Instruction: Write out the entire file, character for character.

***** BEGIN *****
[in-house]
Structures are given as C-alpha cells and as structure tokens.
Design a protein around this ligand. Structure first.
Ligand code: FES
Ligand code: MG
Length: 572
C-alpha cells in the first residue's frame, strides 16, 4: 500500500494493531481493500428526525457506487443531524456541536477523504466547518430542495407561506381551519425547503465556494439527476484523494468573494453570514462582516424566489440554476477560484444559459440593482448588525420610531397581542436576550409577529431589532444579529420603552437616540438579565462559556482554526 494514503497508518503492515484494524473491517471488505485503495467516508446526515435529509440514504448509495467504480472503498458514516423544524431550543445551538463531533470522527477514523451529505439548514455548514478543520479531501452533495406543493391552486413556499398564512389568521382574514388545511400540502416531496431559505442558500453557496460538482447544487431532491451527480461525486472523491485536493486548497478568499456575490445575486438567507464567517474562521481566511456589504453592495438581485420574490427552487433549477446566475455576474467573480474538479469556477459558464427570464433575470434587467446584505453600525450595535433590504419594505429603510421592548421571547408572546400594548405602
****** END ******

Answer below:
[in-house]
Structures are given as C-alpha cells and as structure tokens.
Design a protein around this ligand. Structure first.
Ligand code: FES
Ligand code: MG
Length: 572
C-alpha cells in the first residue's frame, strides 16, 4: 500500500494493531481493500428526525457506487443531524456541536477523504466547518430542495407561506381551519425547503465556494439527476484523494468573494453570514462582516424566489440554476477560484444559459440593482448588525420610531397581542436576550409577529431589532444579529420603552437616540438579565462559556482554526 494514503497508518503492515484494524473491517471488505485503495467516508446526515435529509440514504448509495467504480472503498458514516423544524431550543445551538463531533470522527477514523451529505439548514455548514478543520479531501452533495406543493391552486413556499398564512389568521382574514388545511400540502416531496431559505442558500453557496460538482447544487431532491451527480461525486472523491485536493486548497478568499456575490445575486438567507464567517474562521481566511456589504453592495438581485420574490427552487433549477446566475455576474467573480474538479469556477459558464427570464433575470434587467446584505453600525450595535433590504419594505429603510421592548421571547408572546400594548405602